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« When Holidays Collide! | Main | Fulfilling the Sunday Obligation on Saturday: Part Deux »

April 10, 2004

Comments

John

That officious priest, instead of tormenting decent people with pinpricks like that, should worry about the priest pedophiles.

Harry Jameson

Perhaps, John, although he is mistaken in this case, he is worried about the people you think that he is trying to torment. Perhaps he sees every year a crowd of 1,000 come to the Easter Vigil when on every other Sunday it hovers around 400. Perhaps he would like to assume charitable things about those people but perhaps he also fears that on the other Sundays of the year they are skipping Mass. And so, although is wrong in this one instance, he informs the people of their obligation on Sunday as a way of reminding them of their obligation on _every_ Sunday. And if he cares this much about people coming to God every Sunday in the Mass, I imagine that he also prays for those pedophile priests. And we should too.

Brian

I am probably being a bit nit picky but I assume that it does not matter that the Eastern Churches do not call their services masses, but Divine Liturgy. But since what we are celebrating and participating in is the same reality, I am confident that the name difference does not change anything, and that the canon law that says we must participate in a "mass" includes an Eastern liturgy even if it is not called a mass.

Sherri Irvin

Easter Vigil is wonderful. I was confirmed this year at Easter Vigil and also watched 18 adults be baptized. The Mass was the greatest think I have ever witnessed. I wanted to go again on Easter Sunday morning but you can bet I was totally wiped out by the Easter Vigil experience.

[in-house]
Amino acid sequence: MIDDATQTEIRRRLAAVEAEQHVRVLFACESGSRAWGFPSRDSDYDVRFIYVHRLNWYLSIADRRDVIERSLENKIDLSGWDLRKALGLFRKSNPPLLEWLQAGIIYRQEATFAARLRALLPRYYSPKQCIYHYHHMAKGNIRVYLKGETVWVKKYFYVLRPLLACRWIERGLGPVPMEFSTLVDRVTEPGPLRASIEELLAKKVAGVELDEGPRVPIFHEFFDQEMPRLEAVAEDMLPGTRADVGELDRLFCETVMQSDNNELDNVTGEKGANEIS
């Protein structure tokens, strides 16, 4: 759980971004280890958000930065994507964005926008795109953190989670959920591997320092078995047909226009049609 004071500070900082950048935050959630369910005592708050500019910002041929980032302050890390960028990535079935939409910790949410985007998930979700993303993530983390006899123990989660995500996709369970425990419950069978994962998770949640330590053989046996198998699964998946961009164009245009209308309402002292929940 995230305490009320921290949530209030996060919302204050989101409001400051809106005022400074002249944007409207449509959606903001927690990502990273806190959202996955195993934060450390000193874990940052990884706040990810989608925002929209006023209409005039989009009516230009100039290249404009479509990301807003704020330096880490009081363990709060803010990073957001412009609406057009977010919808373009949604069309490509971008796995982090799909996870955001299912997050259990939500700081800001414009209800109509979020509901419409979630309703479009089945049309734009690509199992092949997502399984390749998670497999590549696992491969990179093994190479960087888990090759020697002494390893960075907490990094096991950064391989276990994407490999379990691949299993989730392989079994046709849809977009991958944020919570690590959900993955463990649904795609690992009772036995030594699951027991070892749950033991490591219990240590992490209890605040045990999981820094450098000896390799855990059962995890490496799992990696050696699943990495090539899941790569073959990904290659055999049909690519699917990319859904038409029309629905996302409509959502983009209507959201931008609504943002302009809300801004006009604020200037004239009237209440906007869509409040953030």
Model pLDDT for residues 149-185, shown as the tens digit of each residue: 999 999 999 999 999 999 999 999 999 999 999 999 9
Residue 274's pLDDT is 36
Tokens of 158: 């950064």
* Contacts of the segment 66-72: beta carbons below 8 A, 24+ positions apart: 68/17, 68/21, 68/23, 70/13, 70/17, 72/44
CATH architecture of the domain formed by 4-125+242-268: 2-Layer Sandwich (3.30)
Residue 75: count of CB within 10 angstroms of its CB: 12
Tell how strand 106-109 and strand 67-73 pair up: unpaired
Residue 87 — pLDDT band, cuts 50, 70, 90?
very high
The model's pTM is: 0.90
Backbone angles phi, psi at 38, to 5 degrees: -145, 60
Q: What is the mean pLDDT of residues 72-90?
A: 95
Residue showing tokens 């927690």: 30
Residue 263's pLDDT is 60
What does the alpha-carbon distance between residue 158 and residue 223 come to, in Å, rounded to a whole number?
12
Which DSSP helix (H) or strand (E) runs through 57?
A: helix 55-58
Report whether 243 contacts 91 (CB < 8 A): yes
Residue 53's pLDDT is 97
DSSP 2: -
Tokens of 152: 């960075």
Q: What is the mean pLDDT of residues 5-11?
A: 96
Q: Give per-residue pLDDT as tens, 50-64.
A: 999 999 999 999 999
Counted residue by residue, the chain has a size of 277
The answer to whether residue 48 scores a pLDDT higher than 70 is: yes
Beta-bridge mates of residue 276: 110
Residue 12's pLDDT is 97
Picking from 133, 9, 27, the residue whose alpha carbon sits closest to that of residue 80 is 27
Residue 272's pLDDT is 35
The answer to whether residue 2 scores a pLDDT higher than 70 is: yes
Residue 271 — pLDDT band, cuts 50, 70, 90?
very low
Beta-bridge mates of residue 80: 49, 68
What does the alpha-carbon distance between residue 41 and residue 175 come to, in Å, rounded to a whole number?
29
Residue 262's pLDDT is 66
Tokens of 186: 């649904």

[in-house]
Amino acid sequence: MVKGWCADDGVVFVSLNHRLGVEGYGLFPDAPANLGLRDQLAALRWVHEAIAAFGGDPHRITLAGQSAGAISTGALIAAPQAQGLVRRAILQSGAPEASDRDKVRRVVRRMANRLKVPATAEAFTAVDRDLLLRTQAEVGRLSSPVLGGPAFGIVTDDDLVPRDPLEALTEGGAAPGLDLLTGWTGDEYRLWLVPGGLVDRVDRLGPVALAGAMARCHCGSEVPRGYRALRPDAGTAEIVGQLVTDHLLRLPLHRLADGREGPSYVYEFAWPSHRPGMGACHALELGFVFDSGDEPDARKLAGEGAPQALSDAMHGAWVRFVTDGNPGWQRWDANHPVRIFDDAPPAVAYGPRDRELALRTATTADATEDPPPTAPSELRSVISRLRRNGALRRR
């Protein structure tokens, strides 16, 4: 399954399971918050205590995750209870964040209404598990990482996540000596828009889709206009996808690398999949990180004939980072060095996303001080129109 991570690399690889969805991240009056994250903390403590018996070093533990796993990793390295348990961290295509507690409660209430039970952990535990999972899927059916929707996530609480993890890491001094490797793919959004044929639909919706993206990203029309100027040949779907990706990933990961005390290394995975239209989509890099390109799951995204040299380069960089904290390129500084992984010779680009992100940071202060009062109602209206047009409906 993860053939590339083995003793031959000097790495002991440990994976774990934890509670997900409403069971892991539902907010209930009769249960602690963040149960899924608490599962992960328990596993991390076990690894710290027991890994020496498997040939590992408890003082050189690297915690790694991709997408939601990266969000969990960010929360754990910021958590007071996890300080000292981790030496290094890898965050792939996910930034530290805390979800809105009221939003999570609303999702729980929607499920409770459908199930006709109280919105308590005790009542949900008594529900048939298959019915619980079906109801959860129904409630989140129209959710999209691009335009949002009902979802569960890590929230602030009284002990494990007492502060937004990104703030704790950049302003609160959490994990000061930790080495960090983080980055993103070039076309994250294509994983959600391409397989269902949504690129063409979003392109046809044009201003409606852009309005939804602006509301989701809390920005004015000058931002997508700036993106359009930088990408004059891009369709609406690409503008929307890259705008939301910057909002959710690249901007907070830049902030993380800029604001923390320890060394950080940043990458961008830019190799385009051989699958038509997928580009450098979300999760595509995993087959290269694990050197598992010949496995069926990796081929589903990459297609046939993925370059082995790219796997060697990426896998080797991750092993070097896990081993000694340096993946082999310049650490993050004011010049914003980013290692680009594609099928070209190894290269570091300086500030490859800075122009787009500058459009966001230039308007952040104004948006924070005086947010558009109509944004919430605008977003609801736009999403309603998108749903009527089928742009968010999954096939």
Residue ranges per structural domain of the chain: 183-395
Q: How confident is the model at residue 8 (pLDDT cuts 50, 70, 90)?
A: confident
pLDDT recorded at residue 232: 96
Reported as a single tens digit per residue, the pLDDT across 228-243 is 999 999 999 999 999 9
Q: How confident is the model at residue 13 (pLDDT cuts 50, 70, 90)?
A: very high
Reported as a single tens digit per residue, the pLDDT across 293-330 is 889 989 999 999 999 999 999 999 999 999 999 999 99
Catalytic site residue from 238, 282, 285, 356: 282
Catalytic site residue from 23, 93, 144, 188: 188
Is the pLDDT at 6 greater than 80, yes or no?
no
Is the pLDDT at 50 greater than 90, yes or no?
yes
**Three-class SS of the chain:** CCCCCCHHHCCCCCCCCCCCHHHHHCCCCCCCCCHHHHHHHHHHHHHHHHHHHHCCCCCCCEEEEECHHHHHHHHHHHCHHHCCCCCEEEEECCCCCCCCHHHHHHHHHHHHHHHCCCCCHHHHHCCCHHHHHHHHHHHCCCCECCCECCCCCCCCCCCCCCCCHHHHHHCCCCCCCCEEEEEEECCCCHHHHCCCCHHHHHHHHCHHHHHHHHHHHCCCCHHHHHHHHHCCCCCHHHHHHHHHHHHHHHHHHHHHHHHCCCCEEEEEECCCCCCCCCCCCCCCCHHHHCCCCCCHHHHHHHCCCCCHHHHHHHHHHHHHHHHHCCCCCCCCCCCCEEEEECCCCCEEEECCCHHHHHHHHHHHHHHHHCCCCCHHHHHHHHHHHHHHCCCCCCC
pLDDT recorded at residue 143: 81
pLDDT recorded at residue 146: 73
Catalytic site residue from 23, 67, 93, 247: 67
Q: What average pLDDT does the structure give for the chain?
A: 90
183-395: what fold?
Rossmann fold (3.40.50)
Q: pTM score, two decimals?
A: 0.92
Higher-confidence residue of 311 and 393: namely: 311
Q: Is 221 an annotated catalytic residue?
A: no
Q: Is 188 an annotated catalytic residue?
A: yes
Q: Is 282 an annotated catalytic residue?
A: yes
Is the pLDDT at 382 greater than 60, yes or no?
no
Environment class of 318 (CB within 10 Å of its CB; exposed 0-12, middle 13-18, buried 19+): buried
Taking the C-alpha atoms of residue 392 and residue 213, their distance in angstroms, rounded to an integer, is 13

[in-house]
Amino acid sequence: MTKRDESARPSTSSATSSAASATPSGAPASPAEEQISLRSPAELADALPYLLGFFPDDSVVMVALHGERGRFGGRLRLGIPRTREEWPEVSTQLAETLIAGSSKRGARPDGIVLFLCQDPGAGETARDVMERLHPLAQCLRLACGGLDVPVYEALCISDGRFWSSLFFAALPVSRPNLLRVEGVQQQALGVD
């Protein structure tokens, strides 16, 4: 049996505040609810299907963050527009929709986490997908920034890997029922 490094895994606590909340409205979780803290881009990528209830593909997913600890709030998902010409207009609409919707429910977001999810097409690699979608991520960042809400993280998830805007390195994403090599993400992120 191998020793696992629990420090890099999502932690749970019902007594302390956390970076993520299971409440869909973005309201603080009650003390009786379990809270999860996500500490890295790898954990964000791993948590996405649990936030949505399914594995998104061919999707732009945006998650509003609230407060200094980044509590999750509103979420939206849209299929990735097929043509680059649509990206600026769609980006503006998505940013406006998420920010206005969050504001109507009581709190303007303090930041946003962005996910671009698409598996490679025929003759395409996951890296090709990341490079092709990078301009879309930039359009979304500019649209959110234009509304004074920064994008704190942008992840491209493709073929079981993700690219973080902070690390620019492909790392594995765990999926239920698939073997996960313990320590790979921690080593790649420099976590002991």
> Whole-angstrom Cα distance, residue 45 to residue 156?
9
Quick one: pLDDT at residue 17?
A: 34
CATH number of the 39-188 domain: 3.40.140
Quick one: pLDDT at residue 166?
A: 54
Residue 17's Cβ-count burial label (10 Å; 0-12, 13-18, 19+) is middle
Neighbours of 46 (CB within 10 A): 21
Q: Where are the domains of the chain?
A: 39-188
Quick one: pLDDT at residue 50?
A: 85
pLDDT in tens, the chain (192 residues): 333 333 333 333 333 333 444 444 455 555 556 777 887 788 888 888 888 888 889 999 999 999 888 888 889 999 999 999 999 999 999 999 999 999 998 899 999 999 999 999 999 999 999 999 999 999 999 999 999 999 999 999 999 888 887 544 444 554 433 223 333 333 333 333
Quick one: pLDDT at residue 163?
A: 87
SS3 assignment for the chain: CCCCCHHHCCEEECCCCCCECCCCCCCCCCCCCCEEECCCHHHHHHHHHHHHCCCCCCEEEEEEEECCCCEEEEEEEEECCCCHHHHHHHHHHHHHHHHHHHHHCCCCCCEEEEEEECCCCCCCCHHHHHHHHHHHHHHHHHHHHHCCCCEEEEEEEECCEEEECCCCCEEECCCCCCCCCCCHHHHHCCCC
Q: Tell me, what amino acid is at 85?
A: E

By the way I also was one of the chosen 12 who had their feet washed on Holy Thursday.

That was a week to remember, for sure!

John

With respect to Harry's comment:

For a priest to state that a person is not fulfilling his Sunday obligation is a serious matter. Before a priest makes such a statement, he should be sure of himself. In this case, he is flat out wrong, and there is no excuse for such conduct. At best, he comes across looking very foolish. At worst, some might think he is trying to increase the Offertory collection by having people attend twice.

When a more serious moral issue arises, he will have no credibility.

"I imagine that he also prays for those pedophile priests"? He might trying praying for, and taking other action to protect, the VICTIMS of the pedophiles.

Brian's comment:

The Eastern rites are in communion with the Apostolic See at Rome, and adhere to the authority of the Pope in matters of faith and morals. Relatively little falls into that category, however, and the Eastern churches are free to establish their own liturgical practices. The fact they use a "divine liturgy" instead of a "mass" is of no significance at all.

The Divine Liturgy of St. John Chrysostom dates from about 300. The Tridentine Mass is a relatively recent innovation, having been promulgated in 1570. The Eastern rites are big on tradition and resist modern innovations.

The term "mass" developed from the phrase "ite missa est," or "go, you are dismissed." At one time, it was spoken at the end of the Nicene Creed, as a signal to the catechumens that they were to depart before the "Mass of the Faithful" began. The use of Latin is confined to the Roman Rite, so it is not surprising that the term "Mass" is used to describe the Roman liturgy and not the others.

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